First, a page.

March 29, 2011

Effective Income Tax Rates by Income Level

When you hear about taxes you usually hear the marginal tax rates discussed most.   People talk about being in the 25% tax bracket or maybe discuss a new law proposing an increase in the top tax bracket.  The marginal tax rate is what you pay in taxes on each additional dollar earned.    A better picture of your actual tax obligations is your effective tax rate.   Today I'll show what the effective tax rates are for different income levels.

I got the numbers from the IRS statistics site.  The latest figures there were for 2008.

There were 142M total tax filers in 2008.   The total effective tax rate for all payers was 13.9%.  

87% of tax filers had AGI of under $100,000 and paid an effective tax rate below 10%.

Here is at table showing the number of tax filers in each income group and their respective effective tax rates:

# filers % of AGI
No adjusted gross income 2,489,989 0.0%
$1 under $5,000 11,638,707 5.0%
$5,000 under $10,000 12,139,638 2.6%
$10,000 under $15,000 11,702,056 2.9%
$15,000 under $20,000 11,076,002 3.8%
$20,000 under $25,000 9,866,247 5.2%
$25,000 under $30,000 8,743,581 6.2%
$30,000 under $40,000 14,554,280 6.8%
$40,000 under $50,000 11,087,123 7.5%
$50,000 under $75,000 19,196,461 8.5%
$75,000 under $100,000 11,729,485 9.3%
$100,000 under $200,000 13,851,341 12.7%
$200,000 under $500,000 3,476,747 19.6%
$500,000 under $1,000,000 577,618 24.1%
$1,000,000 under $1,500,000 140,635 24.8%
$1,500,000 under $2,000,000 59,460 25.0%
$2,000,000 under $5,000,000 86,329 24.8%
$5,000,000 under $10,000,000 21,390 24.0%
$10,000,000 or more 13,480 21.1%

Here is the data shown graphically :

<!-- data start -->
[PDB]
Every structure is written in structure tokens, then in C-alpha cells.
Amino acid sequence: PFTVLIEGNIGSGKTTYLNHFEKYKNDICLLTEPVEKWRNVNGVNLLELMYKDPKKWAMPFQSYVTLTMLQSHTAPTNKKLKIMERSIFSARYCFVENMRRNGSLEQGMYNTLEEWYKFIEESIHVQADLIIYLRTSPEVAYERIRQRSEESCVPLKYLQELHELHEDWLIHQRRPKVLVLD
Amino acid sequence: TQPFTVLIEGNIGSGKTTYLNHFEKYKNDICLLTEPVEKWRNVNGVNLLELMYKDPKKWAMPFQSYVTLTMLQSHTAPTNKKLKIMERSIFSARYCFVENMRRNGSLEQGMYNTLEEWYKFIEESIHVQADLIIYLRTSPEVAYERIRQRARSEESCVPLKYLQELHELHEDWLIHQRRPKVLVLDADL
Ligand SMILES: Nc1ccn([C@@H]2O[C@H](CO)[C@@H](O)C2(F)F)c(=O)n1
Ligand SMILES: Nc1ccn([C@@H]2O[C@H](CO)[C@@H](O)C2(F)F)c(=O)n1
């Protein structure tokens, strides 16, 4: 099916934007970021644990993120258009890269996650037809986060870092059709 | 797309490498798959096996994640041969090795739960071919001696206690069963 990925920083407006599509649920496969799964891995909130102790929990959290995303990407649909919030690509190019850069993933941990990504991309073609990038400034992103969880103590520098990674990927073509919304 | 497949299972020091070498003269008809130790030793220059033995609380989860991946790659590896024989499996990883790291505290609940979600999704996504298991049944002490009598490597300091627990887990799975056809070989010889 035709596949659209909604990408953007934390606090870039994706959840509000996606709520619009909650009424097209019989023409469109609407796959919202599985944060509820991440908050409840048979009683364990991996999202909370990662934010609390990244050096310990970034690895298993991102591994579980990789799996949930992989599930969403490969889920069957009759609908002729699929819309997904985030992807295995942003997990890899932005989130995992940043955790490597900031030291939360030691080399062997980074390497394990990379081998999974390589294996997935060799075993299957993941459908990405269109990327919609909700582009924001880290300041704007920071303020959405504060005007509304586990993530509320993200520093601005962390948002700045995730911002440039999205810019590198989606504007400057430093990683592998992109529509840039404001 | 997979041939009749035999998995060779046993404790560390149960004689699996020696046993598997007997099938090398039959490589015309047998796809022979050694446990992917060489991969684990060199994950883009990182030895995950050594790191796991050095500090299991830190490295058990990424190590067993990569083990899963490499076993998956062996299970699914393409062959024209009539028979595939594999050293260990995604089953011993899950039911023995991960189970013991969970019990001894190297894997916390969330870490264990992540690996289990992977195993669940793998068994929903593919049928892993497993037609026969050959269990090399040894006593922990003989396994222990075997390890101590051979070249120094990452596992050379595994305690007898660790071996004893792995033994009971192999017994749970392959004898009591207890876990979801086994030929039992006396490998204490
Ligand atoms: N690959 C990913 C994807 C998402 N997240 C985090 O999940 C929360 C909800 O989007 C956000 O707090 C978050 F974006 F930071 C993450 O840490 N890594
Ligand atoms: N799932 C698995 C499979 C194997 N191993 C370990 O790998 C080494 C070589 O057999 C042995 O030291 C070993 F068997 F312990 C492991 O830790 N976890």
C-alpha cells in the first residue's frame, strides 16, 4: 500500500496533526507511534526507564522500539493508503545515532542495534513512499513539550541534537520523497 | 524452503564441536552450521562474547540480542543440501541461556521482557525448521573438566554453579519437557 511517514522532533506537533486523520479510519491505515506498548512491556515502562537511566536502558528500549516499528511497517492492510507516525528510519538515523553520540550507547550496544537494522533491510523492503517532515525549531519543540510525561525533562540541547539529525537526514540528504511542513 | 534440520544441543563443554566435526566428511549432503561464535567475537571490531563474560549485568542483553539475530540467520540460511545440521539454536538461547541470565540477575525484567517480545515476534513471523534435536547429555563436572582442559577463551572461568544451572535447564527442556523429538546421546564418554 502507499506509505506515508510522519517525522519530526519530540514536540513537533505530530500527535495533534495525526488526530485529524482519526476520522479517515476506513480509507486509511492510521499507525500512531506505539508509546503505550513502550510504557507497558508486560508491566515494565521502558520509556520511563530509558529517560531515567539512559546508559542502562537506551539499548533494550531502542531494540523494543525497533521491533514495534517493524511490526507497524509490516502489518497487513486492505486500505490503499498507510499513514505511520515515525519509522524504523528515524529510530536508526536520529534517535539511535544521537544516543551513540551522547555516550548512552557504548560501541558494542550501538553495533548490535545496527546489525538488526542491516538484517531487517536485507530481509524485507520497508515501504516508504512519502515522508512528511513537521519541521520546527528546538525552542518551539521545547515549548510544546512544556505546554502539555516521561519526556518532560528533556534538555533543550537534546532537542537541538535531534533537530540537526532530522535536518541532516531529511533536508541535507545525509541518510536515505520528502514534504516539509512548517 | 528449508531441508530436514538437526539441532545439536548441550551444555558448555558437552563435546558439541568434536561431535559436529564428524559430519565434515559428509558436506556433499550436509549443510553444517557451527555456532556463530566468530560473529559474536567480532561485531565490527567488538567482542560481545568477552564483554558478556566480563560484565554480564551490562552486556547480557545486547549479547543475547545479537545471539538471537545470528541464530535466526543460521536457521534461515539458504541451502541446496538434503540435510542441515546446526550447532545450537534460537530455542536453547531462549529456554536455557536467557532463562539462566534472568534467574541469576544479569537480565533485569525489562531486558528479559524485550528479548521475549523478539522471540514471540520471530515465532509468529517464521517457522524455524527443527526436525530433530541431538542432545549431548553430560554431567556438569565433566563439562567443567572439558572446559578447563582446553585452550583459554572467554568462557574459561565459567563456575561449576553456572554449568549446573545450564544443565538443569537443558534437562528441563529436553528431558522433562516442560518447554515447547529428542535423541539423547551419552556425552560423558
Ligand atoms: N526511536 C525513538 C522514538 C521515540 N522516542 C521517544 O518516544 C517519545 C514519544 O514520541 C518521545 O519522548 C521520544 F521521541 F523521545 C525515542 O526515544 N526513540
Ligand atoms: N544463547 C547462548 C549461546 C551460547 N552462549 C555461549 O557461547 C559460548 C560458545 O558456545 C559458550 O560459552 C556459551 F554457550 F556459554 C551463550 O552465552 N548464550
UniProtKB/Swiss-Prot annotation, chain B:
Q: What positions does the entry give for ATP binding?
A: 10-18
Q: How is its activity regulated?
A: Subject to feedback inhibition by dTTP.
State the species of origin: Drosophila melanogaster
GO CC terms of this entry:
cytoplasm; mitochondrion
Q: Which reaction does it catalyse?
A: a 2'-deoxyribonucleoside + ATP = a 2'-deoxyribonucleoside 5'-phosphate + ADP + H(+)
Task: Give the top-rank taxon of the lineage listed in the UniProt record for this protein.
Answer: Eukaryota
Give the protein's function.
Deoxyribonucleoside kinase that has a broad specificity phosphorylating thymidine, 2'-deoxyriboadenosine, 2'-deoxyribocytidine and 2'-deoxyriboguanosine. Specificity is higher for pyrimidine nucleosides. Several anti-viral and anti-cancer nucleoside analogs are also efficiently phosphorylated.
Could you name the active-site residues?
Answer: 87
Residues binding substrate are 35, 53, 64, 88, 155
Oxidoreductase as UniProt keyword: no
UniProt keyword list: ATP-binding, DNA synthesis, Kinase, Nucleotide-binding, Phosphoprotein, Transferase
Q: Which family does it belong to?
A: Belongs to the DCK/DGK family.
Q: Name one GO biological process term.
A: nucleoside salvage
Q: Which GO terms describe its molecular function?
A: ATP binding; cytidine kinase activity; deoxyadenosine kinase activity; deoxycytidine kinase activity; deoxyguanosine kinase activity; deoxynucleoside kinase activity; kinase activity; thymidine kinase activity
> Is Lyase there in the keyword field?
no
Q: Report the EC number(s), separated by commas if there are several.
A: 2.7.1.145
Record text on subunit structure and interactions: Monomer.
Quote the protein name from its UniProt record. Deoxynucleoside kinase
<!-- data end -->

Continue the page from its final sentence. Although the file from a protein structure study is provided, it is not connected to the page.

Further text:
For the picture I chopped off the data at the $1M income level just to make the picture cleaner.


  1. % of AGI ?

    Who cares ?

    How about % of TOTAL income ?

  2. I'd like to see "percent of gross income paid to the government". Using just the Federal income tax doesn't tell anywhere near the whole picture. If you're at $10,000 income, you're going to be paying 7.65% *MINIMUM*, because that's what you pay for Social Security and Medicare. (Okay, I suppose if you're only making $10k, you might be having the government pay you due to EIC, but you get the point.)

  3. Social Security tax shouldn't count against Federal Income Tax becuase that goes for Social Security ... at least that's what you are being told... right :-)

  4. I think that if payroll taxes were taken into account, there's a big bulge (high %) effective rate around $100,000. Tax rates are lower in Communist countries; I wonder why?

  5. Actually there isn't a 'bulge' in the effective rate. THe marginal rate has a bulge but the effective rate does not.

    The handful of nations that call themselves communist do not really conduct their economies in a communist manner. They are closer to fascist dictatorships than communist.



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